Judas and the Black Messiah - Review
As part of Black History Month
by Amy Smith
Out of all the films that premiered at Sundance this year, the biggest name on the list was undeniably Judas and the Black Messiah (2021). Telling the story of Fred Hampton (played by Daniel Kaluuya), Chairman of the Illinois Black Panther Party, the film is told through the eyes of FBI informant William O’Neal (played by Lakeith Stanfield). The perspective of this film is certainly interesting, as it is quite unconventional for a subject matter of this level. To have the story told through the eyes of an FBI informant, as he continually bounces between the Illinois Black Panther Party and the person he is reporting back to, could majorly backfire if not handled right. However, director Shaka King handles the subject matter respectfully and makes sure that the story takes the forefront, not the people behind it.
Courtesy of IndieWire
Something that I have been saying since the trailer dropped for Judas and the Black Messiah was that Daniel Kaluuya’s performance would be undeniable. As an actor that has done so much over the past years and yet still seems somewhat under the radar, it is impossible to ignore him here. Giving what is the best performance of this awards season, Kaluuya dominates the screen and takes every moment he can, making his message heard loud and clear.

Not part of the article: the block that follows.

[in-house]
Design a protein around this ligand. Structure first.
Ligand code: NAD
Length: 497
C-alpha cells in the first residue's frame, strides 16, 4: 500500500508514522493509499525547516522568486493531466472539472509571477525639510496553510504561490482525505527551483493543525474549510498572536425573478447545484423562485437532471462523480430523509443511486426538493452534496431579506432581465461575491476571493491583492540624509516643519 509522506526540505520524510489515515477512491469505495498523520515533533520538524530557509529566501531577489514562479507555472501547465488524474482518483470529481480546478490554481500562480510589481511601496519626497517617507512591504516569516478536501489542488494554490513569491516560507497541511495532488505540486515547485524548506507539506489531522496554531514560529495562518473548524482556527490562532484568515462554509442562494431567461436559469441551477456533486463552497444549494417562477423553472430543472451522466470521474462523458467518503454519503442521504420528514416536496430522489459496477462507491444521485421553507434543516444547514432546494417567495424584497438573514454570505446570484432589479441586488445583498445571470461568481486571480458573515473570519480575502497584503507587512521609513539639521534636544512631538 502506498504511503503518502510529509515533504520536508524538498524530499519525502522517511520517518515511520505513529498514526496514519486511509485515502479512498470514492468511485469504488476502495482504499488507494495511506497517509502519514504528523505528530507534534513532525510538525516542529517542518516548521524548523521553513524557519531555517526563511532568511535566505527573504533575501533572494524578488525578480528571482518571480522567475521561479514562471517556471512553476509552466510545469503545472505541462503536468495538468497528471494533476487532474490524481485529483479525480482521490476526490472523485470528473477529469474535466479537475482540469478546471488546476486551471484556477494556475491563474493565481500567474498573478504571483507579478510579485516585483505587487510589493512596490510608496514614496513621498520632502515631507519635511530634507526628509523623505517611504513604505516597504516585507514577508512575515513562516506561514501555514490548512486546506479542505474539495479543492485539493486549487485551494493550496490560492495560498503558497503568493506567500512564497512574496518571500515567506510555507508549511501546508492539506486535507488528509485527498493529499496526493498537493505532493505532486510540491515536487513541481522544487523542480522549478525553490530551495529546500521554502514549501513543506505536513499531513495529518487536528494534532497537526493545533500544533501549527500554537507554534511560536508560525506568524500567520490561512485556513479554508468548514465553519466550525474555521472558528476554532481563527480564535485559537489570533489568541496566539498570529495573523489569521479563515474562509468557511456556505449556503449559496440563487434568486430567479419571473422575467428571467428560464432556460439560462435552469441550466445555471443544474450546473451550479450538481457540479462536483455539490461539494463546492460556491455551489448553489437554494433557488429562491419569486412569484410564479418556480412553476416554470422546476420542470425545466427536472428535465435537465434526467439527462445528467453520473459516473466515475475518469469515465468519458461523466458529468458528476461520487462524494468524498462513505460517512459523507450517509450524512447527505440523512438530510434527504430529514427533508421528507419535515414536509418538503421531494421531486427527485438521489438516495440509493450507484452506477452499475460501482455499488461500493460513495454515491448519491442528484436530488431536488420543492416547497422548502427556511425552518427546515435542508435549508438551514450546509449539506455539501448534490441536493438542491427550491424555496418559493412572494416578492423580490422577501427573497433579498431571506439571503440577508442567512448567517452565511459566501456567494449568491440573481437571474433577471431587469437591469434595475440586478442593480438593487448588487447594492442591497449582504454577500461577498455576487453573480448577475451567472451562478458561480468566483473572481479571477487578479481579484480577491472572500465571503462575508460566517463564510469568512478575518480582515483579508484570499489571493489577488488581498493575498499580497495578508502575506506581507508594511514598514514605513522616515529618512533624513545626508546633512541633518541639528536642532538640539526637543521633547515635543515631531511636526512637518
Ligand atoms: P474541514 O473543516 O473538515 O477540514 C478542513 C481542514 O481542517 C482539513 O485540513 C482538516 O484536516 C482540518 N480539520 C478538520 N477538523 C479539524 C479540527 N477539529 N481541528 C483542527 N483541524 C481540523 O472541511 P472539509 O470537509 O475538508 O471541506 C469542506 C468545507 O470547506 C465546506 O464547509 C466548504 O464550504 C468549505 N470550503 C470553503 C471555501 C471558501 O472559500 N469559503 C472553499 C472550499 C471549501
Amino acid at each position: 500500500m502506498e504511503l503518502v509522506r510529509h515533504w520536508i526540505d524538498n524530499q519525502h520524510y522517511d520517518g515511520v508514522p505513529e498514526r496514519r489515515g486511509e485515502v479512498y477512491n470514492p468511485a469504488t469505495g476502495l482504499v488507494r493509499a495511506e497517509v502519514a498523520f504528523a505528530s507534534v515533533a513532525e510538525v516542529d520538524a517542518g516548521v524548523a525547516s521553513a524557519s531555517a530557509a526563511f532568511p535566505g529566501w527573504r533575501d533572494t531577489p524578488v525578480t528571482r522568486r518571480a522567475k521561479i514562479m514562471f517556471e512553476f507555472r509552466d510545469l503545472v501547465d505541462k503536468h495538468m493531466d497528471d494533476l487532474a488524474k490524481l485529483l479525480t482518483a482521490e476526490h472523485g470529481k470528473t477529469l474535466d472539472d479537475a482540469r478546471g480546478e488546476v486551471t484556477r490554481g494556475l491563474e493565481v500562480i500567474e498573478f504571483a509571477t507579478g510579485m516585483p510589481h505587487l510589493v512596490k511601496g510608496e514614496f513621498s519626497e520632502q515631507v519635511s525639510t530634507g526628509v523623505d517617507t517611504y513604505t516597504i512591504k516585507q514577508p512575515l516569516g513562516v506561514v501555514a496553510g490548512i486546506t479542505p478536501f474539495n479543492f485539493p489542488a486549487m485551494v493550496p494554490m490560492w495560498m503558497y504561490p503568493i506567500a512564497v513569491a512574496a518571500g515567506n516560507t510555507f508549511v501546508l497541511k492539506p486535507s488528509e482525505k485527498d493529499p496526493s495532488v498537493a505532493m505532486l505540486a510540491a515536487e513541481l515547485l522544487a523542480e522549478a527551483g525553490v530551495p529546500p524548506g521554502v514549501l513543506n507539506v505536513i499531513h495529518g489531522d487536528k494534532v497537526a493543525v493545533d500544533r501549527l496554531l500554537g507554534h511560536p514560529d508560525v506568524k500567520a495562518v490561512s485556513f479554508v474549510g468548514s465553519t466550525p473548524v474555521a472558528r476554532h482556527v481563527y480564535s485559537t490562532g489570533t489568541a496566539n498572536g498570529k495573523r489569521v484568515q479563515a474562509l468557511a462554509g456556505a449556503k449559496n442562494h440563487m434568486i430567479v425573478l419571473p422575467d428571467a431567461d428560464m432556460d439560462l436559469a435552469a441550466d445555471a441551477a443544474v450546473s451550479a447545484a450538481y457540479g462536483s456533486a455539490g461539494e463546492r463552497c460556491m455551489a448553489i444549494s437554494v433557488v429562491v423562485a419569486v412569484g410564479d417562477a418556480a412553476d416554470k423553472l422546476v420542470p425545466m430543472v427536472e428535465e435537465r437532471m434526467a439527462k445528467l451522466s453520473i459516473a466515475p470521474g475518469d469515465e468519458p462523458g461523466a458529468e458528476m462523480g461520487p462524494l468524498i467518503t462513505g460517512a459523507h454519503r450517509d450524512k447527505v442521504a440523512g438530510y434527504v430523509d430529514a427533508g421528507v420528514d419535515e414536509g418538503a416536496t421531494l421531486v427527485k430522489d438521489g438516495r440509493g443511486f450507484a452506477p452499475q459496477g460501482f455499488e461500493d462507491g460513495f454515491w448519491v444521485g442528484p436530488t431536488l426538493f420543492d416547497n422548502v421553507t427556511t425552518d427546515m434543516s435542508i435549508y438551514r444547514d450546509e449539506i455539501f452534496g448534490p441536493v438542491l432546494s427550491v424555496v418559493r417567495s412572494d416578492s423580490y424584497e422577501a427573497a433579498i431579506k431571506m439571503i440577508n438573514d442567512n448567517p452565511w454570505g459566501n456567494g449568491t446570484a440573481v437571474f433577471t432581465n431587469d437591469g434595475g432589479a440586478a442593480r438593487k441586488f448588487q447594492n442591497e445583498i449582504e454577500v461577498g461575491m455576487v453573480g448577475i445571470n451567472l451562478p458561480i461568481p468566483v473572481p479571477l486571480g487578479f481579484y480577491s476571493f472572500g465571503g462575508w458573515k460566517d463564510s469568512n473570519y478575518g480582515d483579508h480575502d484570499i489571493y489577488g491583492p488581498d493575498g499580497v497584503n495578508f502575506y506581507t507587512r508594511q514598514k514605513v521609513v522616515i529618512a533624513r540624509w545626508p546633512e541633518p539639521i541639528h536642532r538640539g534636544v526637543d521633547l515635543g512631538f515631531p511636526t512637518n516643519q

There are numerous scenes throughout the film which may easily contend as some of the best, and it is still only February. One scene in particular, in which I will simply quote “We are the revolutionary”, is so well done that I simply wish I was able to experience that moment in a crowd. It is not only a perfect commentary on today’s situation and our current attitude, but something that will get any audience member going: it is exactly what we need to hear in this historical moment.
Judas and the Black Messiah is aggressive and it is not afraid to loudly shout its message.
In a year where we have had other films focusing on the Black Panther Party and the Black Lives Matter movement, a year devoted to change and progression, this one says out loud that not enough has been done.
All the issues brought up in this film from 50+ years ago still impact us today, and the Black Panther Party still lives on and continues to fight.
Not only does this film have some of the best performances and editing of the year, it also has one of the most compelling stories and it is something that just cannot be ignored in this day and age.